• 3.
    Fagerlund, Amelie
    et al.
    Mid Sweden University, Faculty of Science, Technology and Media, Department of Natural Sciences.
    Shanks, David
    Sunnerheim, Kerstin
    Engman, Lars
    Frisell, Håkan
    Protective effects of synthetic and naturally occurring antioxidants in pulp products2003In: Nordic Pulp & Paper Research Journal, ISSN 0283-2631, E-ISSN 2000-0669, Vol. 18, p. 176-181Article in journal (Refereed)
    Abstract [en]

    Various types of natural and synthetic antioxidants when added to handsheets of pulp in low concentrations (0.2% weight%) could significantly reduce the emission of hexanal. The most efficient compounds caused a 90% reduction after eight weeks. Their capacity to inhibit brightness reversion was limited.

  • 4. Fagerlund, Amelie
    et al.
    Sunnerheim, Kerstin
    Mid Sweden University, Faculty of Science, Technology and Media, Department of Natural Sciences, Engineering and Mathematics.
    Dimberg, Lena H
    Radical-scavenging and antioxidant activity of avenanthramides2009In: Food Chemistry, ISSN 0308-8146, E-ISSN 1873-7072, Vol. 113, no 2, p. 550-556Article in journal (Refereed)
    Abstract [en]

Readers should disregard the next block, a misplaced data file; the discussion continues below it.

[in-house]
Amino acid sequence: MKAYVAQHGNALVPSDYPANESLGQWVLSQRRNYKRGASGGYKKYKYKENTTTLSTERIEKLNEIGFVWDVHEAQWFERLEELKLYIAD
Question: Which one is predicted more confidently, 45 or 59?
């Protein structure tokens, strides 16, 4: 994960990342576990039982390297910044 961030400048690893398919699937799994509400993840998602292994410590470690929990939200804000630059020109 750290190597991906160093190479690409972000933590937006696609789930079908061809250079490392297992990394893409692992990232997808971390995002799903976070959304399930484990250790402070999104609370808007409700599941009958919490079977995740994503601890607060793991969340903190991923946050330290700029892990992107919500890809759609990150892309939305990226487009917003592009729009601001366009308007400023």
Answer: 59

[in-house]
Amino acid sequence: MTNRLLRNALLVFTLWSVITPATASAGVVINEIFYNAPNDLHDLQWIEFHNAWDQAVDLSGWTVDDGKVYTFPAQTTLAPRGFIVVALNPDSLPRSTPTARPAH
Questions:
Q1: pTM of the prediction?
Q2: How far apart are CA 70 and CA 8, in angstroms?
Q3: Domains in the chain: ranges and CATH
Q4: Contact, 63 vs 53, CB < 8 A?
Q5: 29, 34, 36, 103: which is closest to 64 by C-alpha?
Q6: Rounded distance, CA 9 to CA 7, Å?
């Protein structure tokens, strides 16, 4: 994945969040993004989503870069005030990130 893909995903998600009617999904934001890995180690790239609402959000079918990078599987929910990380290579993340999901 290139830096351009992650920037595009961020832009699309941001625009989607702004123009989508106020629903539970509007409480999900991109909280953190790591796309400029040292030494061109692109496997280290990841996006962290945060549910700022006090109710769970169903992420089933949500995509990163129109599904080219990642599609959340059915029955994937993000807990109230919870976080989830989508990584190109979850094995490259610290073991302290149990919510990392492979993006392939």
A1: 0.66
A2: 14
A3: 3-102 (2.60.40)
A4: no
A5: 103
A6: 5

Avenanthramides are amides of cinnamoyl-anthranilic acids and, among cereals, are exclusively found in oats. This study investigated the structure-antioxidant activities of 15 avenanthramides with different substitution patterns in the two aromatic rings, seven of which were new avenanthramides synthesised and characterised in this study. Radical-scavenging activity was tested as reactivity towards 1,1-diphenyl-2-picrylhydrazyl (DPPH-). The activity increased with the number of radical-stabilising groups ortho to the phenolic hydroxy group. Both aromatic rings were independently important for activity, while conjugation across the amide bond was of minor importance. Antioxidant activity was determined as inhibition of linoleic acid oxidation. In contrast to the radical-scavenging activity, antioxidant activity was observed for most avenanthramides, and also for compounds with only one hydroxy group in either of the aromatic rings. Compared with alpha-tocopherol, the avenanthramides protected linoleic acid from oxidation to a smaller extent initially, but the effect lasted for a longer time.